RSS has a special place for me since I spent a lot of time with the protocol over the years. I’ve not been a vocal RSS evangelist, like Dave Winer, but I’ve been a long time contributor to this business with intraVnews, the Outlook reader that I wrote in ’04.

After Google’s announcement to kill Google Reader, I had a moment of sadness. I’m not a heavy user of GR, but it has some features that I will surely miss.

One of the things that I miss while browsing is an easy way to Favorite an item for future reference. I’m not a fan of browser bookmarks or bookmark services. The thing I dislike about bookmarking is that it tends to work in a hierarchical fashion and creates too much clutter. I like my favorites to be chronological. I hardly remember where I read something, but I often kind of remember when. Services such as Read It Later could fill this gap, but I really don’t like any of them. I don’t want to be reminded off stuff I have to do. I just want a record. With GR I had this and I thought I was safe.

A second thing I like about GR that I will miss is the ability to occasionally catch up on feeds for specific topics or people. For some things, like the blogs of my heroes, I don’t want to miss any updates. The reading scenario for rivers of news and timelines is one of scanning, filling vacant time-slots. It’s good for serendipity but bad for targeted reading.

Another thing that I used only occasionally but that is powerful is search. Search in GR allowed me to get a high quality list of new recent updates for specific topics in chronological order without a lot of noise. General search engines are bad at chronology and include a lot of things I’ve already seen.

So, now what. Back to the drawing board. Just as the RSS dust had settled a bit, it’s full on tumbleweed time now.

When I think about it, what is it I really want? What I really want is a connection.
Surely, Facebook and Twitter and all the follow me services are filling this gap, but they are completely inadequate in my opinion, for my specific use cases.

For everything I come in touch with (on the web or IRL), if the item interests me, I want to be able to do one of the following with zero effort:

  • Favorite the item
  • Subscribe to updates
  • Get two way interaction and personalised updates.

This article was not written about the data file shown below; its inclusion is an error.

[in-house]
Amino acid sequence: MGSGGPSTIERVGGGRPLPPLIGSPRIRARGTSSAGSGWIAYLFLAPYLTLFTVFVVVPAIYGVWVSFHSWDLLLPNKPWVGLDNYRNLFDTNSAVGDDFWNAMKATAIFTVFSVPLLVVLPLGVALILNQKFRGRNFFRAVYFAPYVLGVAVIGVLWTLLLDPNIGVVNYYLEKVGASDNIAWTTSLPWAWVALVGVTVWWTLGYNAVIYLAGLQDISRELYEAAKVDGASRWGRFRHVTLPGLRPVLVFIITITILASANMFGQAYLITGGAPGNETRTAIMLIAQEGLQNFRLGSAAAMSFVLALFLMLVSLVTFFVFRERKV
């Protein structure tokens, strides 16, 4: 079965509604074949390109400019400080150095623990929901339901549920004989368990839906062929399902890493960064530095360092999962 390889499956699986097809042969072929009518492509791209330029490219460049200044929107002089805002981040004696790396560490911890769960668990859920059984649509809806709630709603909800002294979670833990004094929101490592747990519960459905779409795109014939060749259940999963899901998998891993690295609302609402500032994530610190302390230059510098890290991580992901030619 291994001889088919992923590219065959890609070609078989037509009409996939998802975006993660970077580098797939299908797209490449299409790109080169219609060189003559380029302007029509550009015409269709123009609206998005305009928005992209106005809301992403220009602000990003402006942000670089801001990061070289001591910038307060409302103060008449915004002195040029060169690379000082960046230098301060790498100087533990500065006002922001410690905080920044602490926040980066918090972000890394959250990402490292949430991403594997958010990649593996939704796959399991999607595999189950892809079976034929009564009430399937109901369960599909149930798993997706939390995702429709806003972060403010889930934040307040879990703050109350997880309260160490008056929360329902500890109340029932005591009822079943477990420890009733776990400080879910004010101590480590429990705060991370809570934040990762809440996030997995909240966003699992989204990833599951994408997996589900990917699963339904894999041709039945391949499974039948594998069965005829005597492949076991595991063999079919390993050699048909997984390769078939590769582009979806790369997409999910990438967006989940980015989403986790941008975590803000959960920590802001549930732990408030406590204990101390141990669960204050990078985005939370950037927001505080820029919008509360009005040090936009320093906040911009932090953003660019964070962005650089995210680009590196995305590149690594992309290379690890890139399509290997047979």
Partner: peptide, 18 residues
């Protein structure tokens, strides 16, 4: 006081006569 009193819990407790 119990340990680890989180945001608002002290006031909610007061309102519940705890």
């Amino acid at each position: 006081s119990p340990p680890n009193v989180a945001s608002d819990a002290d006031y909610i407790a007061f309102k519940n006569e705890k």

For example, I’m reading my email and poof there is an ad for a coffee maker. How did it know that I like coffee? Never mind, this one looks awe-some, it works with pouches and only has one button and has Wifi. Favorite!

Obviously I’m a critical consumer and connoisseur of quality coffee and also concerned with global warming. I love this newly discovered brand X because it uses a vacuum flavor preservation process and produces ecologically grown fair-trade coffee in bio-degradable packaging with carbon-neutral transport to the last mile.

So, let’s say I decide to buy this new smart coffee maker. It’s just one click! On my order confirmation page, there is a button: Subscribe to updates for this coffee maker. No stinking newsletter from a company, but an offer to connect with just the thing I’m interested in.

Let’s see what that means:

  • I get stupid Facebook updates from Brand X. Ok, I can live with that.
  • The manufacturer gets a unique opportunity to send me relevant updates.
    “Hello! Just a note to let you know that we’ve updated our software. The next time you have brewed a cup, we’ll update your machine over the air. Your coffee will be even more aromatic and automatic!” Ok, thanks, that’s good to know!

    I really appreciate updates like these, but after some time, I’ve started to love this machine and I’d like to interact at a deeper level, and maybe do something back. So now I enable a two-way connection, sharing.

  • The manufacturer can send me personalised updates.
    “Hello Peter! We see you love great coffee in the morning. Have you tried X Espressky, our scotch flavored breakfast coffee? Next time you make a cup, press the button twice in a row and we’ll send you a sample”.

    Wow! Thanks! [Double click!]. Four clicks so far and I already feel like a VIP in the whole brand X coffee ecosystem. And, I can opt out anytime! But why would I do anything like that!

  • Furthermore, BrandX now receives feedback through my connection. Since I’m genuinely interested to share my unique coffee drinking experiences, I will eagerly respond to their interactive notifications. This will allow brand X to collect interesting usage data and make my coffee life even better. We’re truly at a symbiotic relationship stage at this point and it’s rewarding to be able to make such a valuable contribution to society.

This was just a little illustration of where I think things are going. I think that RSS at one point had the potential to play a role here. I think it still has some potential, but technology is moving ahead. RSS is just not powerful enough in my opinion to be the conduit of all future connections, simply because it relies on an infrastructure that was not designed for notifications.

The next new thing will be a message bus, Internet scale, open and extendible in which simple applications everywhere plug in, listen and talk.
Come to think of it, it could be SMTP or a mix of SMTP and real time protocols such as XMPP! Our mail clients could ignore the machine-to-machine messages and other applications could pick out interesting messages (those with the right topics). And the good thing about that is, everyone already has an address and it’s easy to give everthing an address too.

Anyway, unless Google Reader lives on, RSS is probably pretty much dead for me.